The groom’s parents were persuaded of the wisdom of all this more easily than the bride’s. Aisha’s mother in particular, was worried that important family members who live in Brussels and Congo wouldn’t be able to make the special day.
She wasn’t the only one with concerns. A number of guests, especially teachers, had to pull out because their job wouldn’t allow them to quarantine for 10 days afterwards. I suspect others may have doubted they would really be able to pull off a Covid wedding abroad at all.
And in truth it wasn’t easy. Organising a destination wedding and finding suppliers is always tricky, due to language barriers and physical distance. But with all the Covid restrictions – and the additional costs of flying the make-up artist, hairdresser, DJ, videographer and photographer out from the UK to Greece – the challenge was even greater.
Tosan and Aisha had to change their wedding venue on two separate occasions, tripling the costs and meaning they only saw the final place for the first time the day before the ceremony.
Given all the stressors above, were they right to do it? I would argue yes. The couple never wanted anyone to feel pressured to travel if they were uncomfortable or had other financial commitments. They made sure the wedding ceremony was live-streamed for guests who were unable to attend. They also kept friends and family at the forefront of the entire process, with all the logistics clearly explained from the start.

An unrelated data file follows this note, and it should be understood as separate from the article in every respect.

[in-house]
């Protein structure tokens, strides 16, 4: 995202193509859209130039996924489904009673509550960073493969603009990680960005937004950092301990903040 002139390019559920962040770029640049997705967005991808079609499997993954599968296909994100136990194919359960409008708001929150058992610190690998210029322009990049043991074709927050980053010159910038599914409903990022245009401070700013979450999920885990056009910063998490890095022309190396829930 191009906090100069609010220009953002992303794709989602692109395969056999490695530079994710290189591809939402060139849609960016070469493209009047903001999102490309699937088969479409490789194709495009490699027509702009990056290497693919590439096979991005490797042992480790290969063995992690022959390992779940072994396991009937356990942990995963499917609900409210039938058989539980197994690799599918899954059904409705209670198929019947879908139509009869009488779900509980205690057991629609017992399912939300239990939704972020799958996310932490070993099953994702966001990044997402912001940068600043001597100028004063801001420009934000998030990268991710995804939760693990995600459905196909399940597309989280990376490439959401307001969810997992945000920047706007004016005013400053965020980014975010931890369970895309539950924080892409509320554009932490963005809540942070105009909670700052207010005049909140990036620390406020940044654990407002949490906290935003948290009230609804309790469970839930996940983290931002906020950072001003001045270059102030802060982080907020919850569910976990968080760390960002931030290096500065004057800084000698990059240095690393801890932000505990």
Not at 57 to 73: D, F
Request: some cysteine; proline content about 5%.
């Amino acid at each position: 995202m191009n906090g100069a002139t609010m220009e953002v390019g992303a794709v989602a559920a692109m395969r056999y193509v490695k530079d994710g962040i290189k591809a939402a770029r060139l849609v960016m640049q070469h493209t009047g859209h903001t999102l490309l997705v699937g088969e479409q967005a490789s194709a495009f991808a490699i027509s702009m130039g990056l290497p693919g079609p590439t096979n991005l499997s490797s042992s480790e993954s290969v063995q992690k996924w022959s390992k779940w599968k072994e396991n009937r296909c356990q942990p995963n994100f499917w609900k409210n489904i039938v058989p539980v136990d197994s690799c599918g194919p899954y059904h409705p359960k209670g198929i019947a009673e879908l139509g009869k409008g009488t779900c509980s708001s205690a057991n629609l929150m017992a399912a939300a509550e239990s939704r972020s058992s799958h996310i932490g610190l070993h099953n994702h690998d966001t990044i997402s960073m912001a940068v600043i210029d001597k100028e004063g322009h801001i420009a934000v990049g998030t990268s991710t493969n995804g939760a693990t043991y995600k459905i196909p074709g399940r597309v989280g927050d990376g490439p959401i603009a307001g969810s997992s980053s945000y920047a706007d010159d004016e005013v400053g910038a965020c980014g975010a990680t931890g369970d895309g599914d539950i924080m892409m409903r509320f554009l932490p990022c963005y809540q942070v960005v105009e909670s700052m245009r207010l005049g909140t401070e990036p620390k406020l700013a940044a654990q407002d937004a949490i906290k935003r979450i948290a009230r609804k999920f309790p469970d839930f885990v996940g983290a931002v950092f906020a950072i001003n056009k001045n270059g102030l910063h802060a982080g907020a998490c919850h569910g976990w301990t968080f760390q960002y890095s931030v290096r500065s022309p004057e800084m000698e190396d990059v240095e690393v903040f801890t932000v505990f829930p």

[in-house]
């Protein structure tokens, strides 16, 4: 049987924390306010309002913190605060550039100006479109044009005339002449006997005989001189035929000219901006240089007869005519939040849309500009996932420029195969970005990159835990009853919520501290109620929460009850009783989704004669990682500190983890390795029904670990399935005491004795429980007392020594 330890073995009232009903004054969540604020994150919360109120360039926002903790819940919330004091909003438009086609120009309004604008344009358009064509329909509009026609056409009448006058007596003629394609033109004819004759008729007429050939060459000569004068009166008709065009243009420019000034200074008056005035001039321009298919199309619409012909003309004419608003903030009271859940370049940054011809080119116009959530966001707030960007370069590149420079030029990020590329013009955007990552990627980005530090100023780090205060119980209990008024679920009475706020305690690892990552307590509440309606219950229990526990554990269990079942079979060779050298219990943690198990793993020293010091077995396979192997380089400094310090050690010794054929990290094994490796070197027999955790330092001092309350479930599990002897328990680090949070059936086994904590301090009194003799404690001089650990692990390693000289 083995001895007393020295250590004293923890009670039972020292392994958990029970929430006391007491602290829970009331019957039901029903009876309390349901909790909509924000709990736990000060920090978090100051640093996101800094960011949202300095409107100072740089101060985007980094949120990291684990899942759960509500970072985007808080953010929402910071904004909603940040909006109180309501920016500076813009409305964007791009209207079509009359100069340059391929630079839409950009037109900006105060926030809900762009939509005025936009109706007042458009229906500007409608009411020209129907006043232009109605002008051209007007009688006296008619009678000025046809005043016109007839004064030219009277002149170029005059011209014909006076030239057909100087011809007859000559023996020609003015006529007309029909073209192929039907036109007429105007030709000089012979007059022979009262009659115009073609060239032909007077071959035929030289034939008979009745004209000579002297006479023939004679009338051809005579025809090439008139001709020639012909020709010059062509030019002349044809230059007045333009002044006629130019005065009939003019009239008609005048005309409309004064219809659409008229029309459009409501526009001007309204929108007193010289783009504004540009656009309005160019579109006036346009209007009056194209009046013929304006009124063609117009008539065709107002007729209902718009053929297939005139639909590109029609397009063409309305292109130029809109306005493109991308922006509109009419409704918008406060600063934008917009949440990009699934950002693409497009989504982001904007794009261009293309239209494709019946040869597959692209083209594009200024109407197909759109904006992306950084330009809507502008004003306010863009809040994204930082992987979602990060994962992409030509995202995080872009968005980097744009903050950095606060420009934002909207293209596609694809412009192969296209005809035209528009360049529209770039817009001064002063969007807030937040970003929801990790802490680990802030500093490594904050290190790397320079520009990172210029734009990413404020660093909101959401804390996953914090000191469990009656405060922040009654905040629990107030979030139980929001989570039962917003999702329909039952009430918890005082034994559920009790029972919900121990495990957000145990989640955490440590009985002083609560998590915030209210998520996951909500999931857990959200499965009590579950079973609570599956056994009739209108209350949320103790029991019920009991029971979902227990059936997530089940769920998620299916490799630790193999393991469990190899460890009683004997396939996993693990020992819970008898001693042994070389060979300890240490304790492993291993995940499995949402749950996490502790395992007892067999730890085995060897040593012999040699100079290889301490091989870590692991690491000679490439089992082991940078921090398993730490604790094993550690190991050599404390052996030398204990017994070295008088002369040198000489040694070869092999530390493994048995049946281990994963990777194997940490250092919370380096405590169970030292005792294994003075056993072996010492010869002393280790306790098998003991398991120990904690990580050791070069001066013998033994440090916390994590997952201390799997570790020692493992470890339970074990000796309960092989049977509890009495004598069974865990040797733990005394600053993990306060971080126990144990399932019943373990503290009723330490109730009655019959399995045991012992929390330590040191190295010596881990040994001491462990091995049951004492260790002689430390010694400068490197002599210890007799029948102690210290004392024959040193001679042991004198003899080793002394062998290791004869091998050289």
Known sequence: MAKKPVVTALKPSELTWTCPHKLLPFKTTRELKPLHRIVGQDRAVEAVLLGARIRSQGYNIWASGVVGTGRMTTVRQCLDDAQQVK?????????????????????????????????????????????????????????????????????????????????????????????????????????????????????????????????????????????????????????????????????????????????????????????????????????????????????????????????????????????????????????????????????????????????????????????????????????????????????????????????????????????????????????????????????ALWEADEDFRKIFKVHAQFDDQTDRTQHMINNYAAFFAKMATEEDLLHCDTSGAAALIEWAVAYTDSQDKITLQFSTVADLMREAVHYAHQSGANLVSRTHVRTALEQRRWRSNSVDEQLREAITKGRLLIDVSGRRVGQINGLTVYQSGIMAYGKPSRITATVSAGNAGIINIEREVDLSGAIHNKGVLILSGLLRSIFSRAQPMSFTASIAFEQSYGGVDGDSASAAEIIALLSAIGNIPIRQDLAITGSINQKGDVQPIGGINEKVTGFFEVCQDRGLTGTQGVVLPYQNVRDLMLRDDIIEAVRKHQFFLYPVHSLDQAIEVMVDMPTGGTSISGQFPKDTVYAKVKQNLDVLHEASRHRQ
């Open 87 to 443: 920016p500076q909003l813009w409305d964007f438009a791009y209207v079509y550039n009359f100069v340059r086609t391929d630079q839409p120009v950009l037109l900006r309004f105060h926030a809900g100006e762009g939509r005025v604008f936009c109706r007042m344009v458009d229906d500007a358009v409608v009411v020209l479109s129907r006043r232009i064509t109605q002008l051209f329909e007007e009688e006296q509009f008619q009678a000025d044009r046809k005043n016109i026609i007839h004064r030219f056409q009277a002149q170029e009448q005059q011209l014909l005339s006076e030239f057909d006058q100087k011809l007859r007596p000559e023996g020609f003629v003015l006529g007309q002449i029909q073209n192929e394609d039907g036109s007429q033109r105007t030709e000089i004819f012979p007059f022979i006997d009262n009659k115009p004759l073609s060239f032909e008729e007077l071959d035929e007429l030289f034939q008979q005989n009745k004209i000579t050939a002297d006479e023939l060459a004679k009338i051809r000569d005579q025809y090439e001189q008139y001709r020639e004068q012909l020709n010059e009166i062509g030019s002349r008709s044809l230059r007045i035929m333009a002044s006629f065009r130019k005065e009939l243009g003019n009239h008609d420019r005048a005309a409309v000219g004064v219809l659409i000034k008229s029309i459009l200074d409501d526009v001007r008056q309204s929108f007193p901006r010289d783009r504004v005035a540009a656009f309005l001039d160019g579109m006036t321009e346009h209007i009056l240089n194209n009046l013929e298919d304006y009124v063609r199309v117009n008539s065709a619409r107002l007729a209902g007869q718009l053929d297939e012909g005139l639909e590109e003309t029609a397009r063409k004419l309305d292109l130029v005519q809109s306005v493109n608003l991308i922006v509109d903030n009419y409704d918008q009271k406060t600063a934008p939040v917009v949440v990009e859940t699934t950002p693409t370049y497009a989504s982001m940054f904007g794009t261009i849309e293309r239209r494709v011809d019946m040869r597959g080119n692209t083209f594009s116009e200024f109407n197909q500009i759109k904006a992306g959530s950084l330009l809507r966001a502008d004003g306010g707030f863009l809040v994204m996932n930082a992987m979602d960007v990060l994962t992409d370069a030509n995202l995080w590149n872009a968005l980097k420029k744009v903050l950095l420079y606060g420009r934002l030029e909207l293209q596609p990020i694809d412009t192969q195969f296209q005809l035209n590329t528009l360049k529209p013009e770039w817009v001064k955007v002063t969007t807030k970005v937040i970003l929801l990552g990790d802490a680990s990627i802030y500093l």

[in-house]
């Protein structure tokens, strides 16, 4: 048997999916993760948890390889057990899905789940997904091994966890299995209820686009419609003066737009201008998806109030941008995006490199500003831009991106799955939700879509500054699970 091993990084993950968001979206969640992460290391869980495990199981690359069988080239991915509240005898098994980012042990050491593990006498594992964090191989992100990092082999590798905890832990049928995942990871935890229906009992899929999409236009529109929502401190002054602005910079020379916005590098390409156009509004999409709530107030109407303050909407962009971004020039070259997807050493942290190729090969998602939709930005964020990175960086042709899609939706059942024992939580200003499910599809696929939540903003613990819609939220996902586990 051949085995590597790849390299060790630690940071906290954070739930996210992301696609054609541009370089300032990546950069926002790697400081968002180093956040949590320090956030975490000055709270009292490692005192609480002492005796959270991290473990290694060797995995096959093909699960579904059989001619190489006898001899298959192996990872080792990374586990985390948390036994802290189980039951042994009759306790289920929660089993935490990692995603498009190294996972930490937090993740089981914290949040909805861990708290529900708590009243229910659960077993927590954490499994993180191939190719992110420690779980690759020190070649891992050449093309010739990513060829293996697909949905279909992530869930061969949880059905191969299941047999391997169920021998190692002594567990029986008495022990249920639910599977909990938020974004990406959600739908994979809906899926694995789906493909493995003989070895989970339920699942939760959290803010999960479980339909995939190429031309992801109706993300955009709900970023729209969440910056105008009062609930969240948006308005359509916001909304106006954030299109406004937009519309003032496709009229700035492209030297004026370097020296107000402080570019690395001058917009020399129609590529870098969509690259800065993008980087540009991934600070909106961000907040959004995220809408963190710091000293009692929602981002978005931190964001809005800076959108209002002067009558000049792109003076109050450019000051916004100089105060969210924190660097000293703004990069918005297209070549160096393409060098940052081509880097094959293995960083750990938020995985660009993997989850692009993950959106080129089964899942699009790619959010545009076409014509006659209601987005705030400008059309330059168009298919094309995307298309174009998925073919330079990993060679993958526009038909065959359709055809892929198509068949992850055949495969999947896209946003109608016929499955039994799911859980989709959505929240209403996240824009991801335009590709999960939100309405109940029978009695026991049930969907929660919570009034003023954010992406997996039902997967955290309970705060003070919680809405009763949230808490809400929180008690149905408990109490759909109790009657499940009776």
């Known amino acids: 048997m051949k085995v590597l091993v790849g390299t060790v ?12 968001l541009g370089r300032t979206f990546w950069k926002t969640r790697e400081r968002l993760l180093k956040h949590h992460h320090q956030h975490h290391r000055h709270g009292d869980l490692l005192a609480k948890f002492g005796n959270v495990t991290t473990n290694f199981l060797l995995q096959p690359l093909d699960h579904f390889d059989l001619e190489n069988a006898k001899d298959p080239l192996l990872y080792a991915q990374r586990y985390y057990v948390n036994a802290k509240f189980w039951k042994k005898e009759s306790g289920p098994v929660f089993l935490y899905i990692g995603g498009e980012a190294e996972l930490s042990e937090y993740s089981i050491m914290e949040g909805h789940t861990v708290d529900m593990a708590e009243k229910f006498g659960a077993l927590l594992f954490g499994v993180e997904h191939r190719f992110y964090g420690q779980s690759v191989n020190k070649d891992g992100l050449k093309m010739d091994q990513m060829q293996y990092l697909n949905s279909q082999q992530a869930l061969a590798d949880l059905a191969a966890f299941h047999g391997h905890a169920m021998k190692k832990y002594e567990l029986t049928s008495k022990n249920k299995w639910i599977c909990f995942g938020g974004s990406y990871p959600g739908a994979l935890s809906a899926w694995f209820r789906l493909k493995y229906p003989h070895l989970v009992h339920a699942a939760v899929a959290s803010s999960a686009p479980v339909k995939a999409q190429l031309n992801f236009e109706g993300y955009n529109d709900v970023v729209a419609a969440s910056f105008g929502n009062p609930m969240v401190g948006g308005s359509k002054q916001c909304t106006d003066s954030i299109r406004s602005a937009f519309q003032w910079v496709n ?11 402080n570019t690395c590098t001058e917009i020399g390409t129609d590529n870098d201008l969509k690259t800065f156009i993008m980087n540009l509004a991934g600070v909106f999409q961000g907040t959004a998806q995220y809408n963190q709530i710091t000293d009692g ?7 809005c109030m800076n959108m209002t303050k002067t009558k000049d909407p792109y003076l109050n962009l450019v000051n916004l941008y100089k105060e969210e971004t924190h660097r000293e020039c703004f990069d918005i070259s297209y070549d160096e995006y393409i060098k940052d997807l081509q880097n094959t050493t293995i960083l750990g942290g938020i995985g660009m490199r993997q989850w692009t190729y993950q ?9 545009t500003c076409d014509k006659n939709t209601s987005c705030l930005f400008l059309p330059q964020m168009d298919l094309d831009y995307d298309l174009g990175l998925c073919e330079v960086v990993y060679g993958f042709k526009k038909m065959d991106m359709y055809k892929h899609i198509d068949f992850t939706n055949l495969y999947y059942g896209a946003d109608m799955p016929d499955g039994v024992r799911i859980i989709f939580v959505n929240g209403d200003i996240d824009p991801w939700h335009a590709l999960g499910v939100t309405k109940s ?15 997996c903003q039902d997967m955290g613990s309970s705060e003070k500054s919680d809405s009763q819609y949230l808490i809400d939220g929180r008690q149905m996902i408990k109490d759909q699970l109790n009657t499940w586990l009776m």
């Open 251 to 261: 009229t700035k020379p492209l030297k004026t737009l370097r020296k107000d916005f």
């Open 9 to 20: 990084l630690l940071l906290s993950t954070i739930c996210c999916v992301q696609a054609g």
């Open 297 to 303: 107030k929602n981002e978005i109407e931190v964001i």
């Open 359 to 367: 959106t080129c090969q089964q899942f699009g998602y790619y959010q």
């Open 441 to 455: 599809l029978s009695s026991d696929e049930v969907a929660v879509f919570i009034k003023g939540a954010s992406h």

My own stress and anxiety melted away the second I landed in Greece, and later stepped into the family-owned wedding venue, a magical grove called Alsos Nimfon with spectacular views across Lake Marathon. The couple had done wonders with the decor, and as we stood in the soft summer breeze it all felt close to perfect.
On the tables were candles, green leaves, white flowers – and bottles of hand sanitiser (that essential new wedding favour).
Even the mother of the bride was happy in the end. Aisha had managed to persuade her by showing her a series of luxurious destination wedding videos on YouTube to give her a taster. And when she scheduled the ceremony for half-term, her family realised they could turn it into a holiday.
I am left with nothing but joyous memories of the day. Despite the cost and the fact I am still in quarantine, I would do it all again in a heartbeat. I hadn’t been abroad since before the pandemic, and had my friends not married in Greece I doubt I’d have braved the current travel restrictions. Having a reason to do so turned out to be just what I needed: a holiday in the sun and the chance to be with a big group of friends again, at a special event for two people I love.
I think the other guests felt the same. Not once did I hear any of the 140 friends and family members who attended in the end complain about having to be there. All had chosen to fly out because they wanted to.
“It was like a movie,” said Tosan afterwards. “Lots of our guests said the same.”
They, and he, were right.